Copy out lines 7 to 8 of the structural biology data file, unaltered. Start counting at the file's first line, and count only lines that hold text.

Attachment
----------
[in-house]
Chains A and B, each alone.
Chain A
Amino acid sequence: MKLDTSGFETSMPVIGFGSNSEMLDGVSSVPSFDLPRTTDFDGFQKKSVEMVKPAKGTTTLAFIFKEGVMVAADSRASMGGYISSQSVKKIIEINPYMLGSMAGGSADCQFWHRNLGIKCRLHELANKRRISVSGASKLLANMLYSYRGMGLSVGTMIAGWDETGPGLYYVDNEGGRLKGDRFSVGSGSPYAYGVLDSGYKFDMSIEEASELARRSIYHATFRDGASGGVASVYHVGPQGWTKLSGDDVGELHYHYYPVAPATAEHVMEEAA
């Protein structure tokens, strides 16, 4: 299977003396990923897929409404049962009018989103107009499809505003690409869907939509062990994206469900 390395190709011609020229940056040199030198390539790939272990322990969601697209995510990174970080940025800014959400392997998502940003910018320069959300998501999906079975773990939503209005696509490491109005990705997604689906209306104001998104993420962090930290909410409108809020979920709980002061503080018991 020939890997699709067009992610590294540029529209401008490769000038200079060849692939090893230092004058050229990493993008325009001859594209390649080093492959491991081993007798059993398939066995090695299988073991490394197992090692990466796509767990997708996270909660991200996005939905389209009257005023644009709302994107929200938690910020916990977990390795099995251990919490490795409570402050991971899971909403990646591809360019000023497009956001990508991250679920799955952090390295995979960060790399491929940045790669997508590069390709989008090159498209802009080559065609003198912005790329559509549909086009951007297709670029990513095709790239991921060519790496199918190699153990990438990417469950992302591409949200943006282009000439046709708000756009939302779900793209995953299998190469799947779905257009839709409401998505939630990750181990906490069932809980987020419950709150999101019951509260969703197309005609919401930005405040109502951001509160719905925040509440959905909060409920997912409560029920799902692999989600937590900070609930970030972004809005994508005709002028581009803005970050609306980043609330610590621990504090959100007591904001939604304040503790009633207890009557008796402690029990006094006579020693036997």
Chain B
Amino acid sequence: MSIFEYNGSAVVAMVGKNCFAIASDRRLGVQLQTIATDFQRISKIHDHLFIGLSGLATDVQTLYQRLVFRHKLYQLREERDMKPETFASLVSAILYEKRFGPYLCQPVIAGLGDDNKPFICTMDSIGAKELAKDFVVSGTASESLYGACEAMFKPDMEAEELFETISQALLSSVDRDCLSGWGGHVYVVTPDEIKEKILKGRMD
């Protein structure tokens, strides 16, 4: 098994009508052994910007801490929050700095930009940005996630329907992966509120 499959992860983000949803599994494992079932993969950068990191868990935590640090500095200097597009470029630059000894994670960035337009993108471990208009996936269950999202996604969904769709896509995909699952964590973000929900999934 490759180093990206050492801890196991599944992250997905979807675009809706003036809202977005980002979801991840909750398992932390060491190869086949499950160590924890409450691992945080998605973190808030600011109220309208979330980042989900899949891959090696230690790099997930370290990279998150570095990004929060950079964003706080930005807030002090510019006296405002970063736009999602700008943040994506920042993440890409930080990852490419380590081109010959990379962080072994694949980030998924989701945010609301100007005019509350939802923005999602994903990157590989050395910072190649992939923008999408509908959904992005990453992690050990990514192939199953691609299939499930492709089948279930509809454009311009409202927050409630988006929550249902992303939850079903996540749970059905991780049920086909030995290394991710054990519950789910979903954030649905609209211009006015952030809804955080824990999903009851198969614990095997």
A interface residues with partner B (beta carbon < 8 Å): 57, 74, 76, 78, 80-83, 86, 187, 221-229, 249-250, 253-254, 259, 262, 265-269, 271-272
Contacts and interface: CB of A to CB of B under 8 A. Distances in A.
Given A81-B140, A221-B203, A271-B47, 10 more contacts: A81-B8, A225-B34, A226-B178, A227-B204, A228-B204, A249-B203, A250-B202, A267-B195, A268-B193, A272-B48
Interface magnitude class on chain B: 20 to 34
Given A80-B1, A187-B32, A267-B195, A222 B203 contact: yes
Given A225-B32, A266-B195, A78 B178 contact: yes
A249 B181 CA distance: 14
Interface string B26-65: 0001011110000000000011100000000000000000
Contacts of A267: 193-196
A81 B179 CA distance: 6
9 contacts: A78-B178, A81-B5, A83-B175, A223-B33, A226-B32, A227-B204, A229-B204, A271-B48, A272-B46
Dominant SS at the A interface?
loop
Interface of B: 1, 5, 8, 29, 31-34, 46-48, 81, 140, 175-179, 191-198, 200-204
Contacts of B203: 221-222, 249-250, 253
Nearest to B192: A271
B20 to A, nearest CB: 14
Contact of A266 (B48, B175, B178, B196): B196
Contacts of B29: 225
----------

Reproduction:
Amino acid sequence: MSIFEYNGSAVVAMVGKNCFAIASDRRLGVQLQTIATDFQRISKIHDHLFIGLSGLATDVQTLYQRLVFRHKLYQLREERDMKPETFASLVSAILYEKRFGPYLCQPVIAGLGDDNKPFICTMDSIGAKELAKDFVVSGTASESLYGACEAMFKPDMEAEELFETISQALLSSVDRDCLSGWGGHVYVVTPDEIKEKILKGRMD
């Protein structure tokens, strides 16, 4: 098994009508052994910007801490929050700095930009940005996630329907992966509120 499959992860983000949803599994494992079932993969950068990191868990935590640090500095200097597009470029630059000894994670960035337009993108471990208009996936269950999202996604969904769709896509995909699952964590973000929900999934 490759180093990206050492801890196991599944992250997905979807675009809706003036809202977005980002979801991840909750398992932390060491190869086949499950160590924890409450691992945080998605973190808030600011109220309208979330980042989900899949891959090696230690790099997930370290990279998150570095990004929060950079964003706080930005807030002090510019006296405002970063736009999602700008943040994506920042993440890409930080990852490419380590081109010959990379962080072994694949980030998924989701945010609301100007005019509350939802923005999602994903990157590989050395910072190649992939923008999408509908959904992005990453992690050990990514192939199953691609299939499930492709089948279930509809454009311009409202927050409630988006929550249902992303939850079903996540749970059905991780049920086909030995290394991710054990519950789910979903954030649905609209211009006015952030809804955080824990999903009851198969614990095997």